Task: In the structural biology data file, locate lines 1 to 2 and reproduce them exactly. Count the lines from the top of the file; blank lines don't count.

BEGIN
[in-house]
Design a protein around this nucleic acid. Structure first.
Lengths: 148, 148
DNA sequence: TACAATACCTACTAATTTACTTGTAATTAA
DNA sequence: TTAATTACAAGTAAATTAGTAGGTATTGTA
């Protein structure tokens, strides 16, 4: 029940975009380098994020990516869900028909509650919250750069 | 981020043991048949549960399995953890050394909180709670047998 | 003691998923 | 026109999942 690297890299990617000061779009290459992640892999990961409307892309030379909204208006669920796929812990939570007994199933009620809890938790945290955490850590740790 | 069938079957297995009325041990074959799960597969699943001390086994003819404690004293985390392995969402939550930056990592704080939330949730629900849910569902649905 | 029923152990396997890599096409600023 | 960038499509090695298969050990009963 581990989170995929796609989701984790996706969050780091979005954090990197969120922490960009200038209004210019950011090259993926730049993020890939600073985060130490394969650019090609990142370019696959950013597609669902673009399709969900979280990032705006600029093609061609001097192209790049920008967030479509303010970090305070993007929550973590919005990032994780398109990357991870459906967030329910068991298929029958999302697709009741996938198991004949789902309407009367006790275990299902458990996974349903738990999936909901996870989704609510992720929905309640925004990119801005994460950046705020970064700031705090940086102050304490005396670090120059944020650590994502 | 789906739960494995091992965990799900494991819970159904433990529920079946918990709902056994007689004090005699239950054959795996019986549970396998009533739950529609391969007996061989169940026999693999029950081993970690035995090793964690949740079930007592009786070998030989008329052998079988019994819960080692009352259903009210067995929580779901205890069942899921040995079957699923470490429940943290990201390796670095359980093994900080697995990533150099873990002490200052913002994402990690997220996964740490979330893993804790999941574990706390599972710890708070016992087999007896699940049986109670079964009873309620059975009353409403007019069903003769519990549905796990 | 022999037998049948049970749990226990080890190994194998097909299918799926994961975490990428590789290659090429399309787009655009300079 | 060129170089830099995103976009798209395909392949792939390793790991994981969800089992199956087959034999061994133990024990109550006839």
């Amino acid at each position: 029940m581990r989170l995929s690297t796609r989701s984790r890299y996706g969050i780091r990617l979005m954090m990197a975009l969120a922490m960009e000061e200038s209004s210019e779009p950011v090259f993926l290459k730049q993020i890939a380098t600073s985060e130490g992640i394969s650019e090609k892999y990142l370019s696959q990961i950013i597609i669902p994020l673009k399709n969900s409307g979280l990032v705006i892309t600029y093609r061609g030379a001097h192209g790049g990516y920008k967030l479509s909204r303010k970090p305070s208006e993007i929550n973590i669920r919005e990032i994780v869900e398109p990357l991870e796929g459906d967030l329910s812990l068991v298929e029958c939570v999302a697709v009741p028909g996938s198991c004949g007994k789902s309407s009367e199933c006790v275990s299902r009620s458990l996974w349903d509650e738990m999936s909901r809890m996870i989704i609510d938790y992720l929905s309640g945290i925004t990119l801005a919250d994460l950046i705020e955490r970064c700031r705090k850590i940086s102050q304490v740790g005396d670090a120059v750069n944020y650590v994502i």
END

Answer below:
[in-house]
Design a protein around this nucleic acid. Structure first.